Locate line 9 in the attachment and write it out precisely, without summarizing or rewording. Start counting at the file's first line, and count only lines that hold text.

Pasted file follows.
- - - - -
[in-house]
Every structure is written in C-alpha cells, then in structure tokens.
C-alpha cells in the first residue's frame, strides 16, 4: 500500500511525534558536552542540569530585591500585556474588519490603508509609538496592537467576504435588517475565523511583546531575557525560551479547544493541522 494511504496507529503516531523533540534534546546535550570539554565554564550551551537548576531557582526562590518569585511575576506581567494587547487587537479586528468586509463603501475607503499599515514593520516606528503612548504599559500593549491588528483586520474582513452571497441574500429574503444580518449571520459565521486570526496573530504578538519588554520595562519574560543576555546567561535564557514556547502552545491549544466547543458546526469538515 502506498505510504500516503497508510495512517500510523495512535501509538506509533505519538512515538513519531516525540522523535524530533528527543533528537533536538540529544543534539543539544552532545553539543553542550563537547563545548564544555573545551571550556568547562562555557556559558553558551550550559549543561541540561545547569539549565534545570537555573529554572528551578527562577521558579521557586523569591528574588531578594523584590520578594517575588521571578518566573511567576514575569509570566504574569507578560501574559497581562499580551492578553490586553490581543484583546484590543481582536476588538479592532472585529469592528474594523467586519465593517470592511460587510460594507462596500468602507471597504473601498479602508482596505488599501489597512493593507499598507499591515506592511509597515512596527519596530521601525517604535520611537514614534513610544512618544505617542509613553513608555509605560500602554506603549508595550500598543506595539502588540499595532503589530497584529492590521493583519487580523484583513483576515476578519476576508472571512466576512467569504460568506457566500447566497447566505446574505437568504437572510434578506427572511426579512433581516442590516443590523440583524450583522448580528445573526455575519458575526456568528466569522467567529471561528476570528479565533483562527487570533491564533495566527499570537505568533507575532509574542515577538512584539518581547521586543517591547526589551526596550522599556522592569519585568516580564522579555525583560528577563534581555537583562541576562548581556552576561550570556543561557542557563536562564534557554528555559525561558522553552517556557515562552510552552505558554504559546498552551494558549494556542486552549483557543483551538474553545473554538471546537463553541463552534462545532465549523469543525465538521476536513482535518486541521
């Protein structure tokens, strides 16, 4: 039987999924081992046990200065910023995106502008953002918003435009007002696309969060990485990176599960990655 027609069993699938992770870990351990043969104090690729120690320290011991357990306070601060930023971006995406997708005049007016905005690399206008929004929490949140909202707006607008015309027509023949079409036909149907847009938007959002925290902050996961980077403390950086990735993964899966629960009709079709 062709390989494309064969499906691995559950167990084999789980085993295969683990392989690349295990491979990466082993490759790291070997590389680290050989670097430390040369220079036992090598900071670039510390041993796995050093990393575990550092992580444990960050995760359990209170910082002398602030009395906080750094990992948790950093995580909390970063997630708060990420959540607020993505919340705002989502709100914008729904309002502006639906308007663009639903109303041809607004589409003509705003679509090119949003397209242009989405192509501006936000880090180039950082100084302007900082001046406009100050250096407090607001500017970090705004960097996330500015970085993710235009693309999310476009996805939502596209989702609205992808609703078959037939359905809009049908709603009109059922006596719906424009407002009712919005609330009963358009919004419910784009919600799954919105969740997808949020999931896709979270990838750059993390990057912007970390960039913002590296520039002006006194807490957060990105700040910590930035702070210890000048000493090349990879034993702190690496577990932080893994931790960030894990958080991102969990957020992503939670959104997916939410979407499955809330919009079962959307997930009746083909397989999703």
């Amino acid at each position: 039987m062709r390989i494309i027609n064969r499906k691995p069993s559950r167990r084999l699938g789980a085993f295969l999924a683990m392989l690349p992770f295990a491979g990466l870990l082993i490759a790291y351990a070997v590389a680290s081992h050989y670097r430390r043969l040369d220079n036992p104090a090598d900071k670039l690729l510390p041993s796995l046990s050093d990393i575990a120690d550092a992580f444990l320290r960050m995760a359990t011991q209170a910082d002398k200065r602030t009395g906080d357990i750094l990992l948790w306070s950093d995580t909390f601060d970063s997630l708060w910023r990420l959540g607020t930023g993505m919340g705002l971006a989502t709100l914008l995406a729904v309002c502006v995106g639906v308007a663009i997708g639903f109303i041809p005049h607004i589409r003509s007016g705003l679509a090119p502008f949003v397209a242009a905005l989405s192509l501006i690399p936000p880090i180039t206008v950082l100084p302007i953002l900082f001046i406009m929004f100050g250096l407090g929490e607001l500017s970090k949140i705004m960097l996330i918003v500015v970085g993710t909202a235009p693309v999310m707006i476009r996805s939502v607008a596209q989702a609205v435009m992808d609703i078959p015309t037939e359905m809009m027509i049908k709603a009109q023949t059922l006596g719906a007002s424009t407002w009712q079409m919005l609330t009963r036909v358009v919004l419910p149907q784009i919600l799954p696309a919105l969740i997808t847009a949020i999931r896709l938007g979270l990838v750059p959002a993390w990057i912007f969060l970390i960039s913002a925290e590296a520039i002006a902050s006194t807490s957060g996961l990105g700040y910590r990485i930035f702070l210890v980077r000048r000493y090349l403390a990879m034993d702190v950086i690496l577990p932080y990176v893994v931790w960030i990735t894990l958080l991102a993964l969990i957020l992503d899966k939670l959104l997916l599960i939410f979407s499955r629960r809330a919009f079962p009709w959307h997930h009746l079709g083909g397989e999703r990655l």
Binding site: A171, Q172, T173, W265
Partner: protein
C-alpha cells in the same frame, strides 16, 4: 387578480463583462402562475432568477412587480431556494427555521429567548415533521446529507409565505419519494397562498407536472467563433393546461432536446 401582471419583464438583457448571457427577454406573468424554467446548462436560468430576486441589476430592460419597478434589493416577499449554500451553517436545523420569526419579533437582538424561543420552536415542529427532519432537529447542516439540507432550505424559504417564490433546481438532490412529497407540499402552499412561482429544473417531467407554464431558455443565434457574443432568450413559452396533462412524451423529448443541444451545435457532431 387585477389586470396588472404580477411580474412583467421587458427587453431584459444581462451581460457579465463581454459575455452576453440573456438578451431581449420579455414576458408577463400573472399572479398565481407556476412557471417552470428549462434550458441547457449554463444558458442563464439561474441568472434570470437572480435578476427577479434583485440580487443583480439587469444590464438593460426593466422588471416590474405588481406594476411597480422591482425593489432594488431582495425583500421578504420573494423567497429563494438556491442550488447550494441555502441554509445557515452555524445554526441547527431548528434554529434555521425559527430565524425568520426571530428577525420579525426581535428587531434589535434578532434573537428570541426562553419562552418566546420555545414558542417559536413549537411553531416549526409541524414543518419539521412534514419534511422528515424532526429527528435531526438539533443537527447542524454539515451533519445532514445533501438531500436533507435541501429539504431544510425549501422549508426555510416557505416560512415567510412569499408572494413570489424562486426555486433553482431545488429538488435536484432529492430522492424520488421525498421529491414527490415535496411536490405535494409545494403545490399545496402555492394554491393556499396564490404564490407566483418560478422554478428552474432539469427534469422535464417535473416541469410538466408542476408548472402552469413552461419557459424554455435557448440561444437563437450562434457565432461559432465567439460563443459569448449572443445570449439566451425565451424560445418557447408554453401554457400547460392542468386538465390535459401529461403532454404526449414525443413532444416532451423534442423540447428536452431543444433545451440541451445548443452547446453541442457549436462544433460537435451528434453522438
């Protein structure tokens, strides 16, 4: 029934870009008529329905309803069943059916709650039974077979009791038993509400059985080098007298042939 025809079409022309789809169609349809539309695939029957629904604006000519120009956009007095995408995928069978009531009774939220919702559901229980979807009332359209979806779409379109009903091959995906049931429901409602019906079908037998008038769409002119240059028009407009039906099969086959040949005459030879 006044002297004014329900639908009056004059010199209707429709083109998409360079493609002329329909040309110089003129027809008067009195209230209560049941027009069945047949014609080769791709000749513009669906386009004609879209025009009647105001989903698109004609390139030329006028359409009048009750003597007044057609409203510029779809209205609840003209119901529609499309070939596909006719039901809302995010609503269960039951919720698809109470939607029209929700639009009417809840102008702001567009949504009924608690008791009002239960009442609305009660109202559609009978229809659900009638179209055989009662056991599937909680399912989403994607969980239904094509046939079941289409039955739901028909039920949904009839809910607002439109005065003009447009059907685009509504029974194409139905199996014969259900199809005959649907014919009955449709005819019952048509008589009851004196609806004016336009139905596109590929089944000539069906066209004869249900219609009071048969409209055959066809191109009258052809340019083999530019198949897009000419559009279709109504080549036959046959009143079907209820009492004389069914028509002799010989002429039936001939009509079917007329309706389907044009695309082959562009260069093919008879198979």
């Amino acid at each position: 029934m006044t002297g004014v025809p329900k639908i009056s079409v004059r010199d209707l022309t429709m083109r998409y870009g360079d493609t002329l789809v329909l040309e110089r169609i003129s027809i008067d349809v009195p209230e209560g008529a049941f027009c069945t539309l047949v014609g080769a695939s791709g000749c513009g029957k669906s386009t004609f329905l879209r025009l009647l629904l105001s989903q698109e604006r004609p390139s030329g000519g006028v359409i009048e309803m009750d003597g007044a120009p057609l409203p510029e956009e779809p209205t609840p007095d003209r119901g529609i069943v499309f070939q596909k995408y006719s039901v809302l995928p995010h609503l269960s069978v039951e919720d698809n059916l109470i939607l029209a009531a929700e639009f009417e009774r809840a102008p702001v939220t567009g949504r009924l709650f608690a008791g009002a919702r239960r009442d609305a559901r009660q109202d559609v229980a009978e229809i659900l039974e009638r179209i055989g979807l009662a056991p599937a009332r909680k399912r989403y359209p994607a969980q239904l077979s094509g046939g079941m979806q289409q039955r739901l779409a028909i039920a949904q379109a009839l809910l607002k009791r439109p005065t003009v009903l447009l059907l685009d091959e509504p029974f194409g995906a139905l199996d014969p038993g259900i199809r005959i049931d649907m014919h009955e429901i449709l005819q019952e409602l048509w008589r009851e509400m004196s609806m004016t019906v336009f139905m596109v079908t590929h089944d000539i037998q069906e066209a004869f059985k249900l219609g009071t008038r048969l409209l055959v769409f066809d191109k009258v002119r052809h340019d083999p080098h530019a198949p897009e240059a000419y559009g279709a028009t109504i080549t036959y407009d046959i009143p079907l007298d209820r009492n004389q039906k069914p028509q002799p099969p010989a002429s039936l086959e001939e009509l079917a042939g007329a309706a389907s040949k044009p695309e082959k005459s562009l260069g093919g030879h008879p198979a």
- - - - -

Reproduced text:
């Protein structure tokens, strides 16, 4: 029934870009008529329905309803069943059916709650039974077979009791038993509400059985080098007298042939 025809079409022309789809169609349809539309695939029957629904604006000519120009956009007095995408995928069978009531009774939220919702559901229980979807009332359209979806779409379109009903091959995906049931429901409602019906079908037998008038769409002119240059028009407009039906099969086959040949005459030879 006044002297004014329900639908009056004059010199209707429709083109998409360079493609002329329909040309110089003129027809008067009195209230209560049941027009069945047949014609080769791709000749513009669906386009004609879209025009009647105001989903698109004609390139030329006028359409009048009750003597007044057609409203510029779809209205609840003209119901529609499309070939596909006719039901809302995010609503269960039951919720698809109470939607029209929700639009009417809840102008702001567009949504009924608690008791009002239960009442609305009660109202559609009978229809659900009638179209055989009662056991599937909680399912989403994607969980239904094509046939079941289409039955739901028909039920949904009839809910607002439109005065003009447009059907685009509504029974194409139905199996014969259900199809005959649907014919009955449709005819019952048509008589009851004196609806004016336009139905596109590929089944000539069906066209004869249900219609009071048969409209055959066809191109009258052809340019083999530019198949897009000419559009279709109504080549036959046959009143079907209820009492004389069914028509002799010989002429039936001939009509079917007329309706389907044009695309082959562009260069093919008879198979």